Until recent times, it would seem to have been taken for granted that Bishop Poore’s site had been chosen according to Divine, rather than human calculations. In 1723 it was reported in the most matter-of-fact manner that “he was advised by the Virgin Mat=ry, to build the Church and Dedicate it to her, in a place called Merrifield.” This was duly done, and whatever the exact nature of the providence that led Bishop Poore to the spot, it can hardly have been purely a matter of chance. Thoughts on this subject can be little more than conjecture, but it is true that the Cathedral lies on a straight line extended through Stonehenge and Old Sarum; the distance from Stonehenge to Old Sarum being exactly six miles, and from Old Sarum to the Cathedral a further two. It has been suggested that over the centuries the ‘spiritual centre’ own the area has been moved along a fixed line at certain intervals, as was done in China and Central America for reasons generally described as astrological. In the context of this suggestion and the legend of the bowshot, it is interesting to note the words of William Stukely, the 18th century antiquarian who took a particular interest in Stonehenge and also the ‘Winged Temple’ at Avebury:
“Among the ancient constellations pictured on the celestial globe, is an arrow; said … to be the arrow of Apollo, which is laid up in the winged temple among the Hypoboreans.” (To the ancient Greeks the Hypoboreans were a mythical race who lived in the far north west; they have been equated with then inhabitants of the British Isles, then undiscovered by the classical world). And, “The learned bayer in his fine designs of the celestial constellations, represents the arrow of Apollo beforementioned, as a magnetic needle; and he took his designs chiefly from a very ancient book of drawings.”
This proposition that ‘the arrow’ could refer to a compass has been taken up more recently by John Michell, who goes on to review a range of ‘dreams, portents and magic acts attending the foundation of sacred buildings’, the occurrence of which is remarkably widespread. He finishes with the account from the book of Samuel in which the Ark of the Covenant, captured by the Philistines, had brought such misfortune to their people that they wanted to be rid of it.
According to I Samuel chapter vi, they placed it on a cart drawn by oxen which were left to find their own way back to the country of the Israelites. “And the kine took the straight way to the way of Beth-shemesh, and went along the highway, lowing as they went, and turned not aside to the right na=hand or the left”; as straight as an arrow’s flight, in fact, or as a line drawn on a map, until they arrived in a field wherein was a great standing stone. This was the same Ark of the Covenant alluded to, in similar if not such extreme circumstances, by Henry de Blois in the days of our own Bishop Poore.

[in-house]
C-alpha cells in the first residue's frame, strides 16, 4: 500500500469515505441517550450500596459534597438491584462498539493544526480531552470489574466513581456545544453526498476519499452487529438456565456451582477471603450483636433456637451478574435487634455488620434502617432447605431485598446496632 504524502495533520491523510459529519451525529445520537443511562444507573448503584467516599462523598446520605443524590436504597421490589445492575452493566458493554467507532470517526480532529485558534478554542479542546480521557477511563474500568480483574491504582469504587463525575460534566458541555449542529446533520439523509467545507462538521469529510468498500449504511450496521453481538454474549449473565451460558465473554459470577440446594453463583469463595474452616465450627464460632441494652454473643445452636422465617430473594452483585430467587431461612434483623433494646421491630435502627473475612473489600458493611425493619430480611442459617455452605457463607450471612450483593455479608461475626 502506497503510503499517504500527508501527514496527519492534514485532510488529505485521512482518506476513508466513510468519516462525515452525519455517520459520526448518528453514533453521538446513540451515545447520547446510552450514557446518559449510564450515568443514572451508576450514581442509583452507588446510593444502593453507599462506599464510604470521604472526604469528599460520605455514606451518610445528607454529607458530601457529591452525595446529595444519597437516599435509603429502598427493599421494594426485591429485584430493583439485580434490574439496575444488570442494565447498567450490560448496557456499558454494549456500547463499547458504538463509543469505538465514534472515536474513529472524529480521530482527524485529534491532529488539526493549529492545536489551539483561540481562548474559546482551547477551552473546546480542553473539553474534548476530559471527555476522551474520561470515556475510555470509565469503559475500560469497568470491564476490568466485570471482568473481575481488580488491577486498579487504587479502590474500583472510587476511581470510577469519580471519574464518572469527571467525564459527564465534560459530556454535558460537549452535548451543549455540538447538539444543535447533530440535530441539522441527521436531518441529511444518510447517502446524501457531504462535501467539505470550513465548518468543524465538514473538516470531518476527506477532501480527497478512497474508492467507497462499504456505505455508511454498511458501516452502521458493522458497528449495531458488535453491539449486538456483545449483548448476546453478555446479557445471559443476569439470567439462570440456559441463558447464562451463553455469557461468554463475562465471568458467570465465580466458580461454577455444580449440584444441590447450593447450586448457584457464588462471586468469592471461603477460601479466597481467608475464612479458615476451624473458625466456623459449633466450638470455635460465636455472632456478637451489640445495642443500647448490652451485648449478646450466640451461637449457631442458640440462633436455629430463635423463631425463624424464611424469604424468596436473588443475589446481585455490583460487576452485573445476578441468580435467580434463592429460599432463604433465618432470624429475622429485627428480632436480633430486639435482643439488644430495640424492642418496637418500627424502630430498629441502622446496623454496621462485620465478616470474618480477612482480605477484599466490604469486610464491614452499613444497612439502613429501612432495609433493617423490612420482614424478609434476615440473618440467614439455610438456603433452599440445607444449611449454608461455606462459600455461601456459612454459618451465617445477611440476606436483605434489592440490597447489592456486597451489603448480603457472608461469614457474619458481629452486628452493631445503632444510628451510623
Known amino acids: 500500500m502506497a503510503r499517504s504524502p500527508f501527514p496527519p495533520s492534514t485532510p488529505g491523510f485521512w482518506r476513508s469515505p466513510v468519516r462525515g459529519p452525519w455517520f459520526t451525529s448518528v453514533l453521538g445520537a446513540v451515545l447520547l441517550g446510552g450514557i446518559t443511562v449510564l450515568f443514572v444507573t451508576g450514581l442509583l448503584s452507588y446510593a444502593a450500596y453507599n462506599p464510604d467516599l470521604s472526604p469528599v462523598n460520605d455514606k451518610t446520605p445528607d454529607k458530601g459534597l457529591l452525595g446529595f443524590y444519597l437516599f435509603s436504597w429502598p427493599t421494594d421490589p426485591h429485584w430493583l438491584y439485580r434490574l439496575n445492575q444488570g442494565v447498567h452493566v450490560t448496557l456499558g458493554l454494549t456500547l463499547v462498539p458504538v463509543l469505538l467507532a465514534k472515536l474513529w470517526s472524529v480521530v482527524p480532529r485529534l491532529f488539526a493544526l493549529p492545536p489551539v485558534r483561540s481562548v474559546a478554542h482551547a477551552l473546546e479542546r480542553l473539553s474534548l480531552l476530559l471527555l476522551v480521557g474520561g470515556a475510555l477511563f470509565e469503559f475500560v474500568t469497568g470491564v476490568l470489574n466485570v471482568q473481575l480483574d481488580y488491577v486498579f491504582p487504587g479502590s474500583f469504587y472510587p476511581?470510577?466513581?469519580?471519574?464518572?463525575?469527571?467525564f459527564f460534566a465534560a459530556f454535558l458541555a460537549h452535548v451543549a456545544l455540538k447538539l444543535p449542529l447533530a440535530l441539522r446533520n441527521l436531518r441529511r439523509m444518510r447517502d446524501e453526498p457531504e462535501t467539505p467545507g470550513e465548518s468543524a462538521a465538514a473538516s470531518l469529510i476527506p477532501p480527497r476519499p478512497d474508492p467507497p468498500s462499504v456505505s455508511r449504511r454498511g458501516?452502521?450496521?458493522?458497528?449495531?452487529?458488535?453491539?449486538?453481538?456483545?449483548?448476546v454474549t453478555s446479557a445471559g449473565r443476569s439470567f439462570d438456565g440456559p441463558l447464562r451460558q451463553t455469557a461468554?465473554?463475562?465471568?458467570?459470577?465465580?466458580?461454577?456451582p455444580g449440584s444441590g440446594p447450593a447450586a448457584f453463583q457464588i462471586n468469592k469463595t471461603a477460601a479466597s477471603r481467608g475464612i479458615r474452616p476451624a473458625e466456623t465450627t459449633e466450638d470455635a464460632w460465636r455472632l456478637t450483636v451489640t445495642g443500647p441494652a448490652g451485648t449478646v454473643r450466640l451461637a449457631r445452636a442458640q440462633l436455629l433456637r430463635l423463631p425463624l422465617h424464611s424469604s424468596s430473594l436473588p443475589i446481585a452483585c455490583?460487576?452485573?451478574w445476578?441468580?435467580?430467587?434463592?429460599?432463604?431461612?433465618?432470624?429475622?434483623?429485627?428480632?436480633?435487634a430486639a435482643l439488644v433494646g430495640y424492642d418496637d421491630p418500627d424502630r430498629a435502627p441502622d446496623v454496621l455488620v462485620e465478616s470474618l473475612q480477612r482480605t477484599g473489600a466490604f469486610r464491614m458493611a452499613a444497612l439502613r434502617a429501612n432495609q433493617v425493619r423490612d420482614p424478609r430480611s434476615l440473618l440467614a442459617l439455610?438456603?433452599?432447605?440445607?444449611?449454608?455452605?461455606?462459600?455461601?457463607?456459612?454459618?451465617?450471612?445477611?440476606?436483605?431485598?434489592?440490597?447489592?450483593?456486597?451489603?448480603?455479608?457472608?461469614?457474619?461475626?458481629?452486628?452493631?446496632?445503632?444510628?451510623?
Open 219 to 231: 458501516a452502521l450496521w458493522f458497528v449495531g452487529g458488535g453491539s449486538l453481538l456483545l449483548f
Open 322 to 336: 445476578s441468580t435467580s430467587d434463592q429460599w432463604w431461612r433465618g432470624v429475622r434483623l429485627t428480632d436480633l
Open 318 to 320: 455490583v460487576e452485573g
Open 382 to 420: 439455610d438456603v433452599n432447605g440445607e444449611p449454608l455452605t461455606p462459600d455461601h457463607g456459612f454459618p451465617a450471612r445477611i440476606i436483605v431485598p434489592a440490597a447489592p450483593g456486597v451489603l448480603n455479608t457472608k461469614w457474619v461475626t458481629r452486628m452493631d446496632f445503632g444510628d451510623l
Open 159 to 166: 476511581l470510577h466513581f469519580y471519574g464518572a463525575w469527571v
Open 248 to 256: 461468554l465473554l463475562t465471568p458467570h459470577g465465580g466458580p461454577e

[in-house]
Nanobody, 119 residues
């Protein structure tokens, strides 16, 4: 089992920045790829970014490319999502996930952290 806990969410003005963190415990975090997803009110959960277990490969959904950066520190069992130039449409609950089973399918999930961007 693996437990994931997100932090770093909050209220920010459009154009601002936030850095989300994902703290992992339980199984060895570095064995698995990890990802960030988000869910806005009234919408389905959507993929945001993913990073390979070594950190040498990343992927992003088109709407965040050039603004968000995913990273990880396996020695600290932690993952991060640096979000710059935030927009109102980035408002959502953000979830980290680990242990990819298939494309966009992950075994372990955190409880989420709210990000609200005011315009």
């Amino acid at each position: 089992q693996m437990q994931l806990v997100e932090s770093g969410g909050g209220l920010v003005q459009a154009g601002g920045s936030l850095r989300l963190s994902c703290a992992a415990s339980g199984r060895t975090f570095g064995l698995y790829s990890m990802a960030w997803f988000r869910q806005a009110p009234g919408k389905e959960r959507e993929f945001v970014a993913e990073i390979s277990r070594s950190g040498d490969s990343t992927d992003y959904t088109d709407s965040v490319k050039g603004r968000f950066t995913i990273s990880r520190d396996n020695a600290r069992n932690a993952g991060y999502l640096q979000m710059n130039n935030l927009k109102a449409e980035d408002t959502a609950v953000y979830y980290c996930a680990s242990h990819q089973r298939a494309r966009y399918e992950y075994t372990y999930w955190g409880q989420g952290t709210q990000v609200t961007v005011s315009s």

The precise location and alignment of the Cathedral, and a details analysis of its architecture, have provided material for more painstaking research by dowsers (notably Guy Underwood) and those eager to reveal the geomantic construction of sacred buildings (such as Bill Cox, editor of ‘Pyramid Guide’). This is not the place to examine such intricacies which, if they do have significance, are the intellectual ramifications of a mystery that is basically spiritual and far more profound. But since the day that Bishop Poore gave up his regular visits to the Abbess of Wilton, and abandoned his plan to ‘put up his spire in her meadow’ (as the old wife of Quidhampton must have said to her neighbour with a wink), Salisbury Cathedral has been a source of inspiration to clerics and artists alike. It is truly a focal point; and whether as an object of meditation, a gathering place for the people, or the dominant feature of a city, that is the purpose of a Cathedral.
Robert Benson and Henry Hatcher: Old and New Sarum (1843)
Edward Hutton: Highways and Byways in Wiltshire (1917)
John Michell: The View over Atlantis (1969)
T.J.Northy: The Popular History of Old and New Sarum (1897)
Edna Noyes: Salsibury Plain (1913)
Edith Oliver: Wiltshire (1951)
J.Rawlinson: The History and Antiquities of the Cathedral Church of Salisbury and the Abbey Church of Bath (1723)
Pamela Street: Portrait of Wiltshire (1971)
Dr William Stukely: Stonehenge – a temple restored to the British Druids (1740)
Ralph Whitlock: Wiltshire (1976)